Perhaps you too share my perspective that grew out of one to many 2 AM troubleshooting sessions. Things are not ideal in the mental fog of sleepiness with pressure from above to restore the equipment operation. In this stressful environment, there is more to consider than the ideal on-paper specifications.

Screw torque

For optimal performance, the screw in the conventional connector must be properly torqued. There are any number of reasons this may not occur. Vibration is certainly a concern. In fact, when I served on ships, it was common practice for the contractor to walk though the entire control panel making sure each and every screw was properly torqued. Another potential concern is the foggy 2 AM technician who may not remember to properly tighten a screw. This would include being too loose or in some cases a tired and overzealous technician may overtighten and strip the threads. In either case, the contact resistance is not as low as it could be.

Spring tension

While there is less room for error, spring terminals are not without their problems. An improper ferrule to wire, ferrule to terminal, or ferrule to crimp tool can result in a high resistance connection. Finally, it’s possible that repeated wire insertion and removal could weaken the spring.

In all cases we see that problems can creep into the system. This is especially true when we consider the lifecycle of equipment designed to operate for many decades. Many hands are involved in the process or maintaining and modifying such equipment.

Visual inspection of the connection

As a rule, wires enter the conventional terminal block from the side while the spring connections are from the top. This can be advantageous for the spring terminal, as a visual inspection of the wire / ferrule is possible. On a related note, the “tug test” is a bit easier with the top mount spring terminals.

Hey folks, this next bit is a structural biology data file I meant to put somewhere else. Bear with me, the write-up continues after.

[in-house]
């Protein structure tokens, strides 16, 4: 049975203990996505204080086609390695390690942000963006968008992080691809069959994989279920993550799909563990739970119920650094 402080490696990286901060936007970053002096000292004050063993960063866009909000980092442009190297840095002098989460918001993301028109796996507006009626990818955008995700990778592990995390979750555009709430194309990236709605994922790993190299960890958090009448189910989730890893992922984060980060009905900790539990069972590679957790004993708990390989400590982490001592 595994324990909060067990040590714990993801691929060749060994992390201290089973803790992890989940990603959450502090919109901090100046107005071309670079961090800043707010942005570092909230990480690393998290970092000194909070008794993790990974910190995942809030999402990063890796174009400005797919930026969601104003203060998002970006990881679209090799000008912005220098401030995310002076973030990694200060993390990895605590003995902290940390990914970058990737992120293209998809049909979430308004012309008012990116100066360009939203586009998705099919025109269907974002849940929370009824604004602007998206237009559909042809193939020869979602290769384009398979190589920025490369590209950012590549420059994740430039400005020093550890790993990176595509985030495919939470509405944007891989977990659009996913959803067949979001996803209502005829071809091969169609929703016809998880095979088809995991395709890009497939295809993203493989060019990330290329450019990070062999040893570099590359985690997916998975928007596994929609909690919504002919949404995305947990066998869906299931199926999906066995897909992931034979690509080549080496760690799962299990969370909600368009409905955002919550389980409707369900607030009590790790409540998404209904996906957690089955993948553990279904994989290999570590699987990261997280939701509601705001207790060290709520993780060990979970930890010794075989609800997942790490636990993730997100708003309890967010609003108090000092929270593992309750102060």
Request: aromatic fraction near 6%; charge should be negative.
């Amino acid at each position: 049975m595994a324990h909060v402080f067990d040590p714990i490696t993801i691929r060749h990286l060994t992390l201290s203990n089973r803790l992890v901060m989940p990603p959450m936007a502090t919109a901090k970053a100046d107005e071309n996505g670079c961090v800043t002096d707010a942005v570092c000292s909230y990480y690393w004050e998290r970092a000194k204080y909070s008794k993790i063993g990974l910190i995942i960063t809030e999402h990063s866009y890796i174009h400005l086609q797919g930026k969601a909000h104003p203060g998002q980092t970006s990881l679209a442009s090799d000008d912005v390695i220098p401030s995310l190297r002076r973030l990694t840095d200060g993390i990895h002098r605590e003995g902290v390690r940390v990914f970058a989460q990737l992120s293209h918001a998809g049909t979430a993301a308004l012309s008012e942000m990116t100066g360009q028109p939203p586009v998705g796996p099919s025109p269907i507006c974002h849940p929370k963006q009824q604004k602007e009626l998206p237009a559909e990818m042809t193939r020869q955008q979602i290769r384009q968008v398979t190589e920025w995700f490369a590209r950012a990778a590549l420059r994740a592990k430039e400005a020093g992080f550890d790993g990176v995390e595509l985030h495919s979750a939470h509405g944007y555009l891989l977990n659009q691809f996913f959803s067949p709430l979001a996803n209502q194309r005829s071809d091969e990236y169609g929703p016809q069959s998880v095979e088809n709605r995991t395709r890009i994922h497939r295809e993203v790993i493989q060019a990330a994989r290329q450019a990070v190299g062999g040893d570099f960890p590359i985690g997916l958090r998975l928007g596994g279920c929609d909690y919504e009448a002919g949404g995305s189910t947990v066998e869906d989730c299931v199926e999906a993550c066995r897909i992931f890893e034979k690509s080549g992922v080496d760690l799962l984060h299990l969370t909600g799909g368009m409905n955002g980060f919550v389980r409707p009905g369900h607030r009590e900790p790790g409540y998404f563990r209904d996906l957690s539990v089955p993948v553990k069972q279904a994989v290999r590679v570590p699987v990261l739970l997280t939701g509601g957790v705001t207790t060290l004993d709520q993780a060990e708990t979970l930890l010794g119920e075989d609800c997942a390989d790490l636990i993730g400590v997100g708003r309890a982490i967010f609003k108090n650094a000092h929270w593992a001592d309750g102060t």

Too many holes

One potential downside for the spring push-in terminals is the number of holes. For example, consider the 4PDT relay shown in Figure 3. At 2 AM, it is very easy to misplace a wire. The real danger is that the wire may be associated with an auxiliary function that is not readily apparent unless the full machine commissioning procedure is performed.

Figure 3: An assembler or technician could easily misplace a wire in the matrix of spring terminal connections on this 4PDT relay. The advantage does to the conventional terminal relay.


Looking back, there is no clear answer to the conventional screw vs the push-on spring terminal connection. The very fact that we can easily find example of each type often in same family provides support that both are valid. As a student, it is essential that you recognize and master the proper electrical connections to both types.

Please help expand this conversation by providing a few comments in the space below. Do you have a preferred type? If so, why?

Best Wishes,


About the author

Aaron Dahlen, LCDR USCG (Ret.), serves as an application engineer at DigiKey. He has a unique electronics and automation foundation built over a 27-year military career as a technician and engineer which was further enhanced by 12 years of teaching (interwoven). With an MSEE degree from Minnesota State University, Mankato, Dahlen has taught in an ABET accredited EE program, served as the program coordinator for an EET program, and taught component-level repair to military electronics technicians. Dahlen has returned to his Northern Minnesota home and thoroughly enjoys researching and writing articles such as this. LinkedIn | Aaron Dahlen - Application Engineer - DigiKey